fall / winter reading update

A Darker Shade of Magic

A Darker Shade of Magic by V.E. Schwab

I highly enjoyed this novel and am looking forward to reading the next in the series.

Kell is one of the last of his kind, a magician able to travel between the parallel universes. Red London, Grey London, and White London co-exist side by side, with very few aware of the existence of anything but their own city.

The story follows Kell on his adventures, as he tries to protect the magic, and the cities, from the evil that has escaped from what remains of Black London.

A Man Called Ove by Fredik Backman

This one is hard to write about. Ove is a man who is hard to love, and certainly easy to dislike (if not hate) at the start of the novel. He is cantankerous, ornery, and quite rigid in his ways.

The novel paints a picture of a lonely, sad man. He’s just lost his job, and he appears to have no family or friends. Throughout the story, we learn more of Ove, his life, how he lived, and his neighbors.

Ultimately, this is a moving story about community and showing the reader that not everyone is what they seem at first glance. I haven’t seen the movie yet, but my friends have said it’s very good as well.

A Shade of Vampire by Bella Forrest

A Shade of Vampire is the first of many in an ongoing saga. I didn’t realize how many there were until after reading the first (39 and still coming??!)

The series is fun, and a great way to take a break from reality. The first 7 novels tell the story of Sophia and Derek, and after that the series introduces a new set of main characters. I’ve only read the first 7, and may continue in the future. I’m holding off for now, because I don’t want to be sucked in for another 7 books!

The main story is about Sophia, a moderately normal 17-year-old girl, who’s kidnapped and held hostage by vampires. The vampire coven is living in secret, hiding from humans. Sophia and Derek (a leader of the coven) fall in love, and the series follows what happens.

YearYear of Yes: How to Dance It Out, Stand In the Sun and Be Your Own Person by Shonda Rhimes

I loved this book. Shonda writes openly about her insecurities, weight issues, and shyness. She transformed her life by setting a goal to say yes for one year. The goal was to say yes to things that were outside of her comfort zone and that she would normally avoid.

This is a motivating look at how simple decisions can drastically change your life.

The Hundred Thousand Kingdoms (Inheritance, #1) by N.K. Jemisin

This was one of the best books I read in 2016. Jemisin takes a unique approach to writing fantasy, and it’s refreshing to read a book that’s different and creative.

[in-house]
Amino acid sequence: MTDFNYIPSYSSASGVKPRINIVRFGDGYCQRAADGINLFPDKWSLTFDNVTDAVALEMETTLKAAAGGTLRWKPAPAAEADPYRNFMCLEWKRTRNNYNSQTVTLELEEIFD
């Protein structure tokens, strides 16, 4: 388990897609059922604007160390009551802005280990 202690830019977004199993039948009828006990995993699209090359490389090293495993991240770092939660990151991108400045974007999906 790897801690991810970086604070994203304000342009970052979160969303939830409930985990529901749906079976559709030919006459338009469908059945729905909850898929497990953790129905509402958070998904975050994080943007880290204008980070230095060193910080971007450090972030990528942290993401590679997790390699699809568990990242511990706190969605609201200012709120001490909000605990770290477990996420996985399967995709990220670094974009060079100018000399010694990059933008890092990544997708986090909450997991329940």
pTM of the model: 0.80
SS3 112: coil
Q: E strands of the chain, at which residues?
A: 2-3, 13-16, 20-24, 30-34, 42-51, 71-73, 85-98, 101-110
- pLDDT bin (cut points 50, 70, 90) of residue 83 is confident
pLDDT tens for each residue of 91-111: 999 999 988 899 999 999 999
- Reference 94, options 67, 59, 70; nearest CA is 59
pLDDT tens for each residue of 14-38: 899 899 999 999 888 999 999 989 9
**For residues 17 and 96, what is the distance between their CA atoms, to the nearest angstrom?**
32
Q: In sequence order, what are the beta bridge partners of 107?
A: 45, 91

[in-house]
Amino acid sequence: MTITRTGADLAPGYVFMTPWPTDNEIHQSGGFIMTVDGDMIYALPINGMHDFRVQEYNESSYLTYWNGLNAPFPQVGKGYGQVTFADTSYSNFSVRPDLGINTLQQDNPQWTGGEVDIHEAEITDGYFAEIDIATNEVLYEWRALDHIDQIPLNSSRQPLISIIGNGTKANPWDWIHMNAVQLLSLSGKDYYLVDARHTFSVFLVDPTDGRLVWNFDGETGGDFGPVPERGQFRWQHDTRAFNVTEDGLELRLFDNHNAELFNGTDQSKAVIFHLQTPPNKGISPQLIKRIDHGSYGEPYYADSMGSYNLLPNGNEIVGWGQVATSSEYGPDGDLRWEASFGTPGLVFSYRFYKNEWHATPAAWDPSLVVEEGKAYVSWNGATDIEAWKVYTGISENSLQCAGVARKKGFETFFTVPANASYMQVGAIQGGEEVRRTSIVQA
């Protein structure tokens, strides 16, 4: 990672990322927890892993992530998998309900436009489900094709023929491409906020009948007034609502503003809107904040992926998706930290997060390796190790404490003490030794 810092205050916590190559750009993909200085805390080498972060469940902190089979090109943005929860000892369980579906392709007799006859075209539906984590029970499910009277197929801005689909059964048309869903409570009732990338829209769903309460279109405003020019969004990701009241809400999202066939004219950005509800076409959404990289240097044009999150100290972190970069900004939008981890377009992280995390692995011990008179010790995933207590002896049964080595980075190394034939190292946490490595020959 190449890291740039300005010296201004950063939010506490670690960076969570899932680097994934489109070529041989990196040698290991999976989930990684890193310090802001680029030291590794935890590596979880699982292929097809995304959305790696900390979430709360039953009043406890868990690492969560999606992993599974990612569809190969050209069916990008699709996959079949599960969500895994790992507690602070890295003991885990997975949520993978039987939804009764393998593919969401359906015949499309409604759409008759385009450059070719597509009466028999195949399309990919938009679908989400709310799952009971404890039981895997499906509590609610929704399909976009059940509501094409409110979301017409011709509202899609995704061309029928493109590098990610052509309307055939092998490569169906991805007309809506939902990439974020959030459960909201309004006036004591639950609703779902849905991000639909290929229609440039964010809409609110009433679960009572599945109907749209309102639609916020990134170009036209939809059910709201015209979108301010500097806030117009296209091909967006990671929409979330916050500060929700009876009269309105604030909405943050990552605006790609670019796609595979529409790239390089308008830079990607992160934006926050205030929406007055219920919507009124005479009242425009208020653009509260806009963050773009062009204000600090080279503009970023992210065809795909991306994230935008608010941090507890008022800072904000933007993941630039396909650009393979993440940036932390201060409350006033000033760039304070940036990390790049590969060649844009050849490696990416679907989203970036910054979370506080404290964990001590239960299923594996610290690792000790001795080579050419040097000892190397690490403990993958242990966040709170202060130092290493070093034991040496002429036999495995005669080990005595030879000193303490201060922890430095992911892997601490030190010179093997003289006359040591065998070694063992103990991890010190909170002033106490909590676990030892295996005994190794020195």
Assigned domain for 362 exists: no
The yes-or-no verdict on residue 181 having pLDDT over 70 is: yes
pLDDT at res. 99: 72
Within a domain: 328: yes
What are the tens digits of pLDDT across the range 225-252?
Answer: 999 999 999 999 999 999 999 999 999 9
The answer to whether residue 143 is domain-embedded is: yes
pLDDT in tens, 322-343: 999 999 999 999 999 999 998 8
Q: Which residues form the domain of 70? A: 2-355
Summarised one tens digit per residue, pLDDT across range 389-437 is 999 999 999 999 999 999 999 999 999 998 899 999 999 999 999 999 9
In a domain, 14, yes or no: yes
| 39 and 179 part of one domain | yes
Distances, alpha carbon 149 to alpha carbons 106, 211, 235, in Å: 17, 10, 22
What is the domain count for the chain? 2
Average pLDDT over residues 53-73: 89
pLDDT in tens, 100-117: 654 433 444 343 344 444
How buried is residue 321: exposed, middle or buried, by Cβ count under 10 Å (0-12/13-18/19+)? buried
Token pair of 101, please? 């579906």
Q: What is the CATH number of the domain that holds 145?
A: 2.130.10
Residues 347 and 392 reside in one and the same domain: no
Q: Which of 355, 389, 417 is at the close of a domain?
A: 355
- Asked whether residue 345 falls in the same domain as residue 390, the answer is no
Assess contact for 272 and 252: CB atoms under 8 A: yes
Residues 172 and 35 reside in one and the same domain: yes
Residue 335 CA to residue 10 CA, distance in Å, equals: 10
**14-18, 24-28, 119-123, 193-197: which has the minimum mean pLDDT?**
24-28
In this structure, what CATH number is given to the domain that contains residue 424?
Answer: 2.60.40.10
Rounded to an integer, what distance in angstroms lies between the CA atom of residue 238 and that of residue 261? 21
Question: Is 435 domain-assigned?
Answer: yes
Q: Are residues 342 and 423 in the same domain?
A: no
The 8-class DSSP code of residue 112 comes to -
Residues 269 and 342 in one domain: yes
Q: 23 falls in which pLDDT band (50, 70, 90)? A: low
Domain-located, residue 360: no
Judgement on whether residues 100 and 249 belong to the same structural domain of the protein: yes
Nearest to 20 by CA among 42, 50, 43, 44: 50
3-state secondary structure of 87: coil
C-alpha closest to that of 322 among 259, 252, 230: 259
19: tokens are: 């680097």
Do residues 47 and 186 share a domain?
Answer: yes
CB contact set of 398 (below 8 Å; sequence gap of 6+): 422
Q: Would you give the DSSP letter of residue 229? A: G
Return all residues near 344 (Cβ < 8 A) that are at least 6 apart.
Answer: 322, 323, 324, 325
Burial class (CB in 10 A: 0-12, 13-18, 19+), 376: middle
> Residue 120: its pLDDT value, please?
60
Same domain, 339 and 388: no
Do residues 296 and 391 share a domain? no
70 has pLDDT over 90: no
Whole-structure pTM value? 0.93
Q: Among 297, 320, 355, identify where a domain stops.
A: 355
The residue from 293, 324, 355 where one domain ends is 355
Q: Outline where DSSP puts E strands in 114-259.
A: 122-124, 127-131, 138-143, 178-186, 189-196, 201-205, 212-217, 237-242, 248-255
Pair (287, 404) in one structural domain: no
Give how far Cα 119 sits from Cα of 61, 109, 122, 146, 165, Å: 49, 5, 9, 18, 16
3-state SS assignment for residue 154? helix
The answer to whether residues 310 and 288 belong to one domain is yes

The Hundred Thousand Kingdoms centers around Yeine Darr, and what happens when she is mysteriously summoned to the ruling city of Sky by her estranged grandfather after her mother dies unexpectedly.

When Yeine arrives, she is pitted against her cousins in a battle for the throne. Having grown up far way from Sky, in large part due to being biracial and considered beneath or less than the “pure” Amari, she is out of her element.

Sky is a bright, shiny, ethereal place, full of light (and worship of Itempas, the Bright Skyfather). And yet, the ruling class is malicious, racist, and quite evil. It’s a great juxtaposition, and there’s many other things that follow along with this within the series.

There’s lots of mythology, intrigue, and plot twists in this novel and the 2 other books in the trilogy. There’s a plethora of gods and godlings, and between them and the humans, it’s a wonder anyone is alive.

Love Warrior: A Memoir by Glennon Doyle Melton

Glennon Doyle Melton has written an emotional, riveting, and raw look into her life and struggles. She touches on many sensitive subjects like eating disorders, alcoholism, drug abuse, and marital issues.

This is a story about finding oneself, rediscovery, and ultimately acceptance and forgiveness. I didn’t know what to expect when I started reading, but I was soon captivated by her story and her willingness to reveal such intimate details of her life. Melton has received a lot of criticism about just how much of her life she shared, and about events that happened in her life after the book was written. However, in my opinion, none of that detracts from the book.

This is a memoir that you read and you think “huh, this could have been fiction and it would be have been interesting, but it’s REAL and it’s fascinating.”

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